Due to popular demand and an ever increasing audience of eCommerce entrepreneurs wanting to maximise their sales using multi-channel marketing I’m writing an epic guide on how to sell on Amazon. Having been selling on Amazon for more than 4 years, I know a thing or 2 about selling on Amazon.

I’ve focused primarily on building my eCommerce business and team around our own Private Label (custom designed) products then used the Amazon FBA Programme to test and launch products. However, I’ve worked with eCommerce entrepreneurs and gained first hand experience working with them on launches and product optimisation when selling wholesale on Amazon, Selling to Amazon using the vendor program, Kindle Direct Publishing, Amazon Merch and more.

I’ll be talking through some of the hot topics when selling on Amazon UK, Amazon USA, across Amazon Europe and even out into Amazon Australia and beyond.

With so many considerations there’s no way this guide on how to sell on Amazon could be anything other than epic – and no doubt will be a work in progress for some time into 2021.

Keep yourself posted by signing up to the newsletter in the footer!

 

Finding a Product to sell on Amazon – if you don’t already have a product

I’m going to assume you’ve had your fill of Amazon product research tools, product selection criteria for FBA and the rest of it.

I’ll drop in some key resources in here for you to take a look and I’ll also provide some input on my opinions about what makes a good “product selection” (hint, it’s more about the brand and addressable market than it is about BSR!)

 

How can I sell my products on amazon – if you DO already have a product?

Believe it or not the mass majority of people getting into Amazon FBA are coming up with new products to launch on the Amazon marketplace. Starting literally from scratch.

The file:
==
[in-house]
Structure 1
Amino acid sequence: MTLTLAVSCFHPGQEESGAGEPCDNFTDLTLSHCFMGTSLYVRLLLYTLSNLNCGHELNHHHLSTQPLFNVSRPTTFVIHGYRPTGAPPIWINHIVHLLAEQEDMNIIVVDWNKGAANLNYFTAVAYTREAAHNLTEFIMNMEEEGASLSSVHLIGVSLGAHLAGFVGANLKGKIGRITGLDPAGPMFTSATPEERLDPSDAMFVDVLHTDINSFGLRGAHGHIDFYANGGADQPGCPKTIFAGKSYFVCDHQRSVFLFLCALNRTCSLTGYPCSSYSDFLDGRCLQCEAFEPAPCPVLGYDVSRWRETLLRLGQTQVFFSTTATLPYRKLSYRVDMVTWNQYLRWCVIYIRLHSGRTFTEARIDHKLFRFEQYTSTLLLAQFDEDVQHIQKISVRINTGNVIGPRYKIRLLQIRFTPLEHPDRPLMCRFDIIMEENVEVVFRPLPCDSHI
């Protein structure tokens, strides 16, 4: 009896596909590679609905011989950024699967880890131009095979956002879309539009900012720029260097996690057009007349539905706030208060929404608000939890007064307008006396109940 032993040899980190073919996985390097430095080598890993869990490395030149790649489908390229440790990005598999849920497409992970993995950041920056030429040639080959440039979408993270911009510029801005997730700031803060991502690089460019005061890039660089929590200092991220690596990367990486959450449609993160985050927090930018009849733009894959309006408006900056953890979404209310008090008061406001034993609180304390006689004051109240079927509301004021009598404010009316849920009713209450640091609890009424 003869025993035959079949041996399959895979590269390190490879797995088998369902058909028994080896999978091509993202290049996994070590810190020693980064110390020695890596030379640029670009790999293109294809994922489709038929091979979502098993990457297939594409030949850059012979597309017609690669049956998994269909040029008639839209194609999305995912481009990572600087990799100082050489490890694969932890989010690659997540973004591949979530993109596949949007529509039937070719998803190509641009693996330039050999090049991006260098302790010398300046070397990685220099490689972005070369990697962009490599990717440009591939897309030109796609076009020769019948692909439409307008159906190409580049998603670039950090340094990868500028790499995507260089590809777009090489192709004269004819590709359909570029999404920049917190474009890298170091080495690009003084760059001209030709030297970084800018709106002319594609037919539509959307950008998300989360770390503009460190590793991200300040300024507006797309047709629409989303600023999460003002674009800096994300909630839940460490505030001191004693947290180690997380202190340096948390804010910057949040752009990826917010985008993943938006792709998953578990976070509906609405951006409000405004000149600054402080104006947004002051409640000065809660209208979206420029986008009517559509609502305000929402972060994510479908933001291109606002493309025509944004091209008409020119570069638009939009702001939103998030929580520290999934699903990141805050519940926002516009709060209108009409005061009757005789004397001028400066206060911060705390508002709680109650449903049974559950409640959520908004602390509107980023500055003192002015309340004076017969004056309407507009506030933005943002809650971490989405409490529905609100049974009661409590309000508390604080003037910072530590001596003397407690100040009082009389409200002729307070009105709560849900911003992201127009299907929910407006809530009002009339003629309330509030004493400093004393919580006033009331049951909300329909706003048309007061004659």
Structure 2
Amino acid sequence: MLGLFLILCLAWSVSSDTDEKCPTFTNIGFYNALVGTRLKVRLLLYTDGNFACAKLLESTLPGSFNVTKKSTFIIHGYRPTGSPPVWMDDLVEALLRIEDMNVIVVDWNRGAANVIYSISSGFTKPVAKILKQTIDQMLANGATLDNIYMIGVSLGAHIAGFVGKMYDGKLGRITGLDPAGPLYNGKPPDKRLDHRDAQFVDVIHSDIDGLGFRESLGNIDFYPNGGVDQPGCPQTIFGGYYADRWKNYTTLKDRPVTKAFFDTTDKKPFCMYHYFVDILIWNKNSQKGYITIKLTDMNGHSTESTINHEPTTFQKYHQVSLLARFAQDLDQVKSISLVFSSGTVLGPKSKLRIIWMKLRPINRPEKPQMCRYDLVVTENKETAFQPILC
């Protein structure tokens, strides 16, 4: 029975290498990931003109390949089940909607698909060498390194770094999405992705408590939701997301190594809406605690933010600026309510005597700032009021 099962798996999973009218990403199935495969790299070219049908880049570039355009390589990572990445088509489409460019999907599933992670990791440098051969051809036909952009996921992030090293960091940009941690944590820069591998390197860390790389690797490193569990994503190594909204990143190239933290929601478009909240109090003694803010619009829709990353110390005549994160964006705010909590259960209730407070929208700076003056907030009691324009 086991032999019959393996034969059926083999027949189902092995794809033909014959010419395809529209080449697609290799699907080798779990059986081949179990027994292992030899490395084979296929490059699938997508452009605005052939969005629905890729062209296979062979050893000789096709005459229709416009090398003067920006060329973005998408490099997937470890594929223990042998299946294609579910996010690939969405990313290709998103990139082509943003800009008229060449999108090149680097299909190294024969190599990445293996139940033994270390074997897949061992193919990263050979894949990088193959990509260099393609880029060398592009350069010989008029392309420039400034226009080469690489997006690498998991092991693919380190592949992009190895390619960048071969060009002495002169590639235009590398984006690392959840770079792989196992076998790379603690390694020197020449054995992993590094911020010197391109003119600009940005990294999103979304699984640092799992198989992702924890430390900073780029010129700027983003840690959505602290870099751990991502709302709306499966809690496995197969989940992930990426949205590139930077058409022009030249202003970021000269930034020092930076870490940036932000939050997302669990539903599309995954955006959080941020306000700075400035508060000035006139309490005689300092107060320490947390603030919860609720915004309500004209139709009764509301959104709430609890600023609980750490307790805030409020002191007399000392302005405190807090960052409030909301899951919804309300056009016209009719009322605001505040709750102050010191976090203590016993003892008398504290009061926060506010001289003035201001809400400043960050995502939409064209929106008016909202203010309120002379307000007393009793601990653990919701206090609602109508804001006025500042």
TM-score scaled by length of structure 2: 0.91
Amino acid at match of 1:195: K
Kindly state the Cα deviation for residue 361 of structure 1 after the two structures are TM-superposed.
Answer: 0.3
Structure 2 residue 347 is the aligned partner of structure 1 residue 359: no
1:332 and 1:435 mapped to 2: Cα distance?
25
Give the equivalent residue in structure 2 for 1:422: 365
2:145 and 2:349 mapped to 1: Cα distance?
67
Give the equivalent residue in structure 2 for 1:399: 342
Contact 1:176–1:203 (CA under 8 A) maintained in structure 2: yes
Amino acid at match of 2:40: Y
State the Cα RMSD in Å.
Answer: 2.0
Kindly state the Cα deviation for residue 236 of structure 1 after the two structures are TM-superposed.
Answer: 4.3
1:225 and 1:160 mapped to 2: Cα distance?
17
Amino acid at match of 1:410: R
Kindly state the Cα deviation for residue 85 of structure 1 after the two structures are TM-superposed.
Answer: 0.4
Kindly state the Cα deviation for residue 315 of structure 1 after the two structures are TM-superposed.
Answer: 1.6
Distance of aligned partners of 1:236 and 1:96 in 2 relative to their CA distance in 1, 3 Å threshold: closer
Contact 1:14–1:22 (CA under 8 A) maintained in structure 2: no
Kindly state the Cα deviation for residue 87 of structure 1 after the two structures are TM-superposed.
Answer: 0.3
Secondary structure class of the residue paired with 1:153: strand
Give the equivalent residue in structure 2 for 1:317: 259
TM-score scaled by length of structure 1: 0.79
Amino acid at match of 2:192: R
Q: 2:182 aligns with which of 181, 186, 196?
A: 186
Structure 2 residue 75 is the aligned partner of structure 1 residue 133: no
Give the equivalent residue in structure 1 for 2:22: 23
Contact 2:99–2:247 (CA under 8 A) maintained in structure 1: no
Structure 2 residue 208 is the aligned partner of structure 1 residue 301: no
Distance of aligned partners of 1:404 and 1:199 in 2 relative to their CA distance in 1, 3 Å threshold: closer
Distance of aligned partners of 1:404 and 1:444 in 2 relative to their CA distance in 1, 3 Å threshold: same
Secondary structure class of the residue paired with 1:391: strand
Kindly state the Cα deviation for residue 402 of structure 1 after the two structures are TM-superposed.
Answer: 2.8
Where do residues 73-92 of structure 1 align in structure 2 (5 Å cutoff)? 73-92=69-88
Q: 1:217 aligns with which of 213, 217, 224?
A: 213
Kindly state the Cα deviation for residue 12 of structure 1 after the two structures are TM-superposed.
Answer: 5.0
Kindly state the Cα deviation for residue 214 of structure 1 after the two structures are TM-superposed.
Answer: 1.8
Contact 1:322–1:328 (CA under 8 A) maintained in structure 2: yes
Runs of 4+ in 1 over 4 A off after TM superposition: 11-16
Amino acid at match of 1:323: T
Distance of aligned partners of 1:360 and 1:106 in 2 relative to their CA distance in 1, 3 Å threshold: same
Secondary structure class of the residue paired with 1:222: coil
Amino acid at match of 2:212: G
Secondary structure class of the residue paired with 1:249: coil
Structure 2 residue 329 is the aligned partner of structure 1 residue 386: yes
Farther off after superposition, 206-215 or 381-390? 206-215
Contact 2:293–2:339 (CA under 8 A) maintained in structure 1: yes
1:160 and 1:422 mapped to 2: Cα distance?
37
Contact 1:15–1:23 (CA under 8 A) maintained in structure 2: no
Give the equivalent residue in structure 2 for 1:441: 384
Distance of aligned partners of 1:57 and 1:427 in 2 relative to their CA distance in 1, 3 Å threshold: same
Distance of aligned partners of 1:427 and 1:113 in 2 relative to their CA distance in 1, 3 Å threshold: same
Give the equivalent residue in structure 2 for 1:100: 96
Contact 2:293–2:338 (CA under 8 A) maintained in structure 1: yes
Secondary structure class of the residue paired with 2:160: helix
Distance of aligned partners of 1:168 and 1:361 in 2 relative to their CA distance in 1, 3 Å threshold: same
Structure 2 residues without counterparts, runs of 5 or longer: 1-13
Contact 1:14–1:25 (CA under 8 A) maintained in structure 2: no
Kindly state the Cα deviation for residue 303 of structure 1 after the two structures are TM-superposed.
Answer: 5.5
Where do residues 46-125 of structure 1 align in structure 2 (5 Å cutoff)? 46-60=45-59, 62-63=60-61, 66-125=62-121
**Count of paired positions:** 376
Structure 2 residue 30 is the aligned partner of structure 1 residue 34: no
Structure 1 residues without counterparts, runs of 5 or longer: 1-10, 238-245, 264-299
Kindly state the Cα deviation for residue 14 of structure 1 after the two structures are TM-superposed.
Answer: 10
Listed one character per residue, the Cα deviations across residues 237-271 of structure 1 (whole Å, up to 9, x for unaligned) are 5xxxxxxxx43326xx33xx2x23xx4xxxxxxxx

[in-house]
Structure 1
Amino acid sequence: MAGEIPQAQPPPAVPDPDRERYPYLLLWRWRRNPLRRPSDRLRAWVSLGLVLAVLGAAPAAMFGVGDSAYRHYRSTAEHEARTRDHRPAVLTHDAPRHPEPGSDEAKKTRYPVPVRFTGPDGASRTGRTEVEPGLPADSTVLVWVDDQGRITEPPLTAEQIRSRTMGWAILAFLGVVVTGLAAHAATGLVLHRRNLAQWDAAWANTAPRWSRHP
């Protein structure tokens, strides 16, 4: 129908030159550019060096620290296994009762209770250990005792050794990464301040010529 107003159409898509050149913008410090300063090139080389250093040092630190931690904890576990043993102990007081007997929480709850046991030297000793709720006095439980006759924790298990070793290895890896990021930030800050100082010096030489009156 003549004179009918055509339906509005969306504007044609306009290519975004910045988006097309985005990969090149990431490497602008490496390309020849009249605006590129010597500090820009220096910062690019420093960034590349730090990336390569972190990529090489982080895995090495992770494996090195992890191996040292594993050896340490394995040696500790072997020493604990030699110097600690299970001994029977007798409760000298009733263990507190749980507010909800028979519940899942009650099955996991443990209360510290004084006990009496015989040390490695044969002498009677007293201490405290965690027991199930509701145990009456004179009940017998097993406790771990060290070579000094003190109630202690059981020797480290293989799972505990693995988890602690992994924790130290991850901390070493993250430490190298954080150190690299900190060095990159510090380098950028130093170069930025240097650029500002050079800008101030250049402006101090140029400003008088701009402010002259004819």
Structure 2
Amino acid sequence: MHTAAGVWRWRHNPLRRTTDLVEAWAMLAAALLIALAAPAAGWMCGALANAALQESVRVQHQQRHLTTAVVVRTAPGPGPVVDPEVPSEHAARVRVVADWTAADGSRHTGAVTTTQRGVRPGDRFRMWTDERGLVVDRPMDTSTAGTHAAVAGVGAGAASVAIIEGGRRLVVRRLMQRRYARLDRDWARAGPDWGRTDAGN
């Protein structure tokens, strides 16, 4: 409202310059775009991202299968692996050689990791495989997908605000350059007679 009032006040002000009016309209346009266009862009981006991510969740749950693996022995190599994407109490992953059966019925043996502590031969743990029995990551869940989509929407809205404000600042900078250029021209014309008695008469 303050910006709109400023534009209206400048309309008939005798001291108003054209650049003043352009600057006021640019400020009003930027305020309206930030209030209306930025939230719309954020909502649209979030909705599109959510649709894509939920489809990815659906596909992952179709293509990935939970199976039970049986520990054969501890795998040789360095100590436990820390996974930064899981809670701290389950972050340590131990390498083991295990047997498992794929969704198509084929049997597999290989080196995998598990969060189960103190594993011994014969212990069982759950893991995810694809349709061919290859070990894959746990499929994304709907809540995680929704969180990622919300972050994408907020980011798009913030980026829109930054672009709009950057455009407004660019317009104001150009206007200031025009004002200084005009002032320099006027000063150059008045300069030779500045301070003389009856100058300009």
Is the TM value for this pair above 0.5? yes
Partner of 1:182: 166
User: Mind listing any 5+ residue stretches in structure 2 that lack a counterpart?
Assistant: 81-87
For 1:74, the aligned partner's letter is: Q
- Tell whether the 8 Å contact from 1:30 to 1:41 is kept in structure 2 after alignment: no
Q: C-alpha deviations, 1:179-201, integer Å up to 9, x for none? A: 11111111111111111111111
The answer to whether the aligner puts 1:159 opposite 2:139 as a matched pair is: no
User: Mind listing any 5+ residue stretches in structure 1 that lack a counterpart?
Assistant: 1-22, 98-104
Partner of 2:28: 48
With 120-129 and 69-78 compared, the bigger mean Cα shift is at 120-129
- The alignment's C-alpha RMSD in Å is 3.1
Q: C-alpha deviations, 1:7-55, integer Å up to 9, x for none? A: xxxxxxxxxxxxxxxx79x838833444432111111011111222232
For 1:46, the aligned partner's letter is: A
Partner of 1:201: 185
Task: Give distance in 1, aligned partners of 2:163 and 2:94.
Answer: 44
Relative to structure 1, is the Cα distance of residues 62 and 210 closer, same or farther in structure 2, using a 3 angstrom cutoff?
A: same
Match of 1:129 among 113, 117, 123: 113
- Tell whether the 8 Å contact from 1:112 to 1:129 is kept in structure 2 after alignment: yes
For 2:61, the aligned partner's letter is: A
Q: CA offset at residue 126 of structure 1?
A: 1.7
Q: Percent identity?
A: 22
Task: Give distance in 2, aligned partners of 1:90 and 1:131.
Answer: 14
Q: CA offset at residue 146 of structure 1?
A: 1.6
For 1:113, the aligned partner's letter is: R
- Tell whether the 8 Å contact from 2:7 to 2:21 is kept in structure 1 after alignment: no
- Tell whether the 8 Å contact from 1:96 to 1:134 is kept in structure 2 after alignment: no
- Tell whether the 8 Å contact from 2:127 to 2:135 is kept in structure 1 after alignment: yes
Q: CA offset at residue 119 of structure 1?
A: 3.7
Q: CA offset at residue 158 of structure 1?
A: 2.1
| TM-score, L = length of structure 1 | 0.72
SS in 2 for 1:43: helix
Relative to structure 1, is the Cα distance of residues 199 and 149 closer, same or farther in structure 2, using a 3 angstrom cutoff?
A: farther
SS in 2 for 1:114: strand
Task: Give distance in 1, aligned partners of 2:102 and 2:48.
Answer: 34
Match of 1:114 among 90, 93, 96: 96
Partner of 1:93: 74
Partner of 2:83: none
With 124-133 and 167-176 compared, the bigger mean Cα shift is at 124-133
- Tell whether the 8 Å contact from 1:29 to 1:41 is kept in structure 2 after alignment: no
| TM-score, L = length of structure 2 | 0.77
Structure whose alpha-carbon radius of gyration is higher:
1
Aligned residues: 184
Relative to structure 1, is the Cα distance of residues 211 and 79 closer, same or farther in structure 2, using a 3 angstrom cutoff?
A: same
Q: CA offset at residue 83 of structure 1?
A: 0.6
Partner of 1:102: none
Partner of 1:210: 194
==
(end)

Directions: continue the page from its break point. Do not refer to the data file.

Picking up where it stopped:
If you already have a product that you sell elsewhere – at a farmers market, on Etsy, in a retail setting then you’ve potentially got a few less hurdles to jump through.

That being said – don’t assume just because the product is already “on the market” that you don’t have to worry about product compliance, regulations and insurance. You’re graduating to the bigger leagues by jumping on Amazon and selling on Amazon FBA – so your mindset needs to shift.

 

Amazon FBA Startup Costs and Things you should do

This section is likely to be broken down into sub-sections and expanded upon as there are a bunch of things to do when starting an eCommerce business – regardless of whether your starting out on Amazon.

Selling on Amazon carries many of the same requirements as selling on your own eCommerce store – and in some cases more, some cases less.

Let’s get to it…

Product Liability Insurance for Amazon FBA / Insurance

You’ll read some misinformation out there about having to trade over a certain revenue per month before Amazon requires you to have Product Liability insurance. It’s BULLSHIT.

You shouldn’t give a crap what Amazon wants.

You should be thinking about your own business and personal livelihood.

For those of you thinking “I’ll get cover when I get big enough” – that’s fine. But insurance isn’t one of these things where you can plaster the cracks retrospectively. You’ll have to do some serious convincing to get an insurer to cover you for sales already made prior to asking them for cover – and probably pay through the nose for it. Meaning you’re left with product liability in the market in perpetuity if you don’t put your big boy pants on and actually be a responsible, grown up business person.

If you’re in the USA – you of course have options. I’ve cut to the case and eliminated the need for you to do any further research.

Speak to Ashlin Hadden at ecom.insure

If you’re in the UK speak to the ladies and gents at Crendon

Product liability insurance is a must – and if you’re of the mindset that you’d rather risk your entire personal wealth furthermore on a product that you’re going to throw into the market to “see how things go” – that’s fine, but this website isn’t for you. This advice is for grown up eCommerce entrepreneurs who understand their place in the world and want to protect themselves from ruin.

 

Proposition 65 / Product Regulations

Saying “other sellers aren’t doing that” is not an excuse when it comes to product regulations.

I myself have been the victim of a Proposition 65 Extortion attack by a lawyer in California. I managed to stem the costs at 4 figures, but we were looking at 5 figures in costs – maybe even 6 figures – all because of a “labelling law”.

Proposition 65 is complete horseshit when it comes to selling on Amazon.

Legally as a business with less than 10 employees I didn’t have to abide. That’s fine, but there’s still question over whether Amazon is the marketplace or the retailer (needs to go to higher levels of court to be fully defined) so the lawyer could have taken Amazon to court instead of me. Amazon would have settled (because that’s cheaper) and due to the terms I signed up to in the Selling Agreement, I would then have to compensate Amazon for their legal costs – no-one having actually done anything wrong…